|28 January 2020
|Tuqu', West Bank
On 28 January 2020, a 16-year-old minor from Tuqu’ was arrested by Israeli soldiers from home at 3:30 a.m. and accused of throwing stones. He reports being denied his basic legal rights under Israeli military law. He was sentenced to 9 months in prison and fined NIS 2,000. He also received a suspended sentence.
I was asleep when my brother woke me up and told me that Israeli soldiers were in our building in the stairwell. It was around 3:30 a.m. Then we heard loud banging at our front door. We went to the living room and my brother opened the door. Two soldiers wearing facemasks entered the house and immediately approached me. They told my parents I was under arrest. My father asked why and one of the soldiers said “he knows exactly why”.
The soldiers then grabbed me and started to drag me outside but my father told the soldiers to allow me to put some clothes on and they did. Then one of the soldiers asked me how old I was and told me to say good bye to my parents. Then he gave my father a document filled out in Hebrew with details about my arrest.
Once inside the stairwell a soldier tied my hands to the front with three plastic ties on top of each other. He tightened them hard and I complained but he told me to shut up. He also blindfolded me. I was then led outside to a waiting troop carrier. I was taken into the back of the troop carrier where I sat on the metal floor. I was then taken to the police station in Etzion settlement.
On arrival at Etzion I was examined by a doctor who removed the blindfold during the examination. Then I was taken to a room where I was left until around 10:00 a.m. before being taken for interrogation.
The interrogator removed the blindfold but kept me tied. He did not inform me of my rights and I did not speak to a lawyer. He started by asking me how I was and told me he was going to ask me some questions which he expected me to answer. Then he asked me about some boys from the village and I told him I did not know them. Then he accused me of throwing stones at soldiers and told me the boys he named had confessed against me. I denied the accusation. Then he showed me photos of clashes with soldiers and accused me of taking part. I denied the accusation.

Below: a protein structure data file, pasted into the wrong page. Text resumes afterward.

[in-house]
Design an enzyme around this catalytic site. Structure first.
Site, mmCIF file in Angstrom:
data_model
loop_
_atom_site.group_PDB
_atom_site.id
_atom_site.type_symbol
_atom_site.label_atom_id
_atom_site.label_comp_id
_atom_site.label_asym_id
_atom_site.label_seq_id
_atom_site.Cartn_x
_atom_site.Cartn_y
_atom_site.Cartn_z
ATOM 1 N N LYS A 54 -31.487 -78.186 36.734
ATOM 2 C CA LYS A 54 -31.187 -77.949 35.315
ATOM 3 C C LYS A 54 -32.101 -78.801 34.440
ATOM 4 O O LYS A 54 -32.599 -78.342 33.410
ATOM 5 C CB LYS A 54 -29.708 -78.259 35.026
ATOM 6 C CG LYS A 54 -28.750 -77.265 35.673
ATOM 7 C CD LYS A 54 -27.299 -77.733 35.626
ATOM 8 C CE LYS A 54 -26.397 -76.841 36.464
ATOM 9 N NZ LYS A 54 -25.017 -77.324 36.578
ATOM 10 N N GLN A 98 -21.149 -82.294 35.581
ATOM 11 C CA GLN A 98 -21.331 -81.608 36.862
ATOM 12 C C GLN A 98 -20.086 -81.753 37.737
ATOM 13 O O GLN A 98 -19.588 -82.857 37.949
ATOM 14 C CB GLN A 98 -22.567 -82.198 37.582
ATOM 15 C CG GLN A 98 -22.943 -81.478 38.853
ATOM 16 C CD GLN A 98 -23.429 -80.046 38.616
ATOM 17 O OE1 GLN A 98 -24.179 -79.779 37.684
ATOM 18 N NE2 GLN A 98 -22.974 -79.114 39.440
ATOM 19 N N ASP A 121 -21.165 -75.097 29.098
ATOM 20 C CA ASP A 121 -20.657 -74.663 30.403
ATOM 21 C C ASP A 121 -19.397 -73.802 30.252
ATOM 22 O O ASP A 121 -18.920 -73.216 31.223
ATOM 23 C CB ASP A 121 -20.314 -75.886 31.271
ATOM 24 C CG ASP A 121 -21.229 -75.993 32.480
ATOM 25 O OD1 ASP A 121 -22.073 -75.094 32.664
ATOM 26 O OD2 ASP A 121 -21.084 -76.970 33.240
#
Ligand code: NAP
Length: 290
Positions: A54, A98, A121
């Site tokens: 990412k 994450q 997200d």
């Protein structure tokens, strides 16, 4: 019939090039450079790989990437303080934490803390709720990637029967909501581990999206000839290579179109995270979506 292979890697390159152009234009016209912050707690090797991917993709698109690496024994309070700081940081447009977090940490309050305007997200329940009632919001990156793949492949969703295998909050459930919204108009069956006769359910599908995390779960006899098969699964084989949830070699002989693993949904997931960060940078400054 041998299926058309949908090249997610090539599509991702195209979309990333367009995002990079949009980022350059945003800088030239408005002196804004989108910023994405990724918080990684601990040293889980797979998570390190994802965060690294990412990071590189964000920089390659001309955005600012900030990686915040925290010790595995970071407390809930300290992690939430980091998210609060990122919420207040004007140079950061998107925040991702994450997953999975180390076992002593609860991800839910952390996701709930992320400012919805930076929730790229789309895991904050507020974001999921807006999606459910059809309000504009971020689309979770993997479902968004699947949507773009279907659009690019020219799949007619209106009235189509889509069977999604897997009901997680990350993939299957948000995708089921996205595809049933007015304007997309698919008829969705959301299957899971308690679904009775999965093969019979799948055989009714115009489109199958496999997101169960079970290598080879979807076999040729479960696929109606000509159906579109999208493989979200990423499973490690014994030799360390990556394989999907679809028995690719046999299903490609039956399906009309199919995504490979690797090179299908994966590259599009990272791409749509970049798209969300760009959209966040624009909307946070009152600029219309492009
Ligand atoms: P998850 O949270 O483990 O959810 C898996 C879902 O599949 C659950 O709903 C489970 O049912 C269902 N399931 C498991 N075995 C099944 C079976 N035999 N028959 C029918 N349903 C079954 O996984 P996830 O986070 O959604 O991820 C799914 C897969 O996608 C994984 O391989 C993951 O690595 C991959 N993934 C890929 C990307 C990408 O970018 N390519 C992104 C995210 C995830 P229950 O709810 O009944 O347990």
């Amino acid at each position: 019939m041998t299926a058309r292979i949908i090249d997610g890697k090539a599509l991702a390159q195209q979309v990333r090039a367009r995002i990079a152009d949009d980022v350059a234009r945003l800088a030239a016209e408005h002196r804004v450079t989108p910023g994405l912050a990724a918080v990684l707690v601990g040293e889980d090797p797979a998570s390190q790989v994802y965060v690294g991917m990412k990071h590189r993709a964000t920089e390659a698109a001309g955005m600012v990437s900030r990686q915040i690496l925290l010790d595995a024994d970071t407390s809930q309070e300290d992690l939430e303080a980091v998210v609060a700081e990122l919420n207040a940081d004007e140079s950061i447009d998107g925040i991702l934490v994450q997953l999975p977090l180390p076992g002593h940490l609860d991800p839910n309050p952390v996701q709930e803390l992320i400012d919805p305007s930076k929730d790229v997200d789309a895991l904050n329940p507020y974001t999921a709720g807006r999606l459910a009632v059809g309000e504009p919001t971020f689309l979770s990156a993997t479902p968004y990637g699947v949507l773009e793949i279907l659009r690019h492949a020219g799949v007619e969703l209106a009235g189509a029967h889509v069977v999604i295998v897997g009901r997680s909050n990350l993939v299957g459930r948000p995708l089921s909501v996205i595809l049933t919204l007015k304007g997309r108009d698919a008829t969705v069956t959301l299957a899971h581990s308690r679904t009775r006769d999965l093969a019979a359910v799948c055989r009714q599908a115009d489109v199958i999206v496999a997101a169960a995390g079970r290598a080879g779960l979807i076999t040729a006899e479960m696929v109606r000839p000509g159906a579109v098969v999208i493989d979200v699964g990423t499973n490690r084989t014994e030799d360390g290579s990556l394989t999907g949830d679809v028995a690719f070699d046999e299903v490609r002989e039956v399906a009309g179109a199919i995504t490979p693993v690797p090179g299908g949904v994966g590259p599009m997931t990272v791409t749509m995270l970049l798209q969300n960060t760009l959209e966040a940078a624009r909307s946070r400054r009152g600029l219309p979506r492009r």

The first interrogator was in an Israeli police uniform but then another interrogator in civilian clothes entered the room. The second interrogator was aggressive and threatened that if I did not confess he was going to lock me up in a cell by myself for a long time. I was questioned by the two interrogators for about one-and-a-half hours. At the end of the interrogation I was shown documents in Hebrew and asked to sign them but I refused to sign something I did not understand. I asked for an Arabic translation but they never showed me a translated version.
After the interrogation I was taken to a cell in Etzion. I was strip searched and left there for nine days. The first four days I was by myself but then they brought in two other detainees. During this time I had a military court hearing at Ofer which my father attended. A lawyer was there and the hearing was adjourned after the military judge extended my detention. Then I was taken to Ofer prison where I was again strip searched before being taken to section 13.
I had about eight military court hearings and at the last one I was sentenced in a plea bargain to nine months in prison and fined NIS 2,000. I was also given a suspended sentence of one year valid for five years. My lawyer told me it was a good deal so I accepted it.
I spent 15 days in Ofer prison before being transferred to Megiddo prison, inside Israel. I spent eight days at Megiddo and then I was transferred again to Damoun prison, also in Israel. After the Corona virus took over, the prison authorities installed phones in April 2020, and I was able to speak to my family on average three times a week. My parents visited me once in August.
In prison I attended Arabic classes and I helped keep our prison cell clean. I was released on 13 October 2020 at Al Jalama checkpoint and I went home with my brother. We arrived home at around 11:00 p.m.
This testimony was produced with the financial support of the German Federal Foreign Office. Its contents are the sole responsibility of Military Court Watch.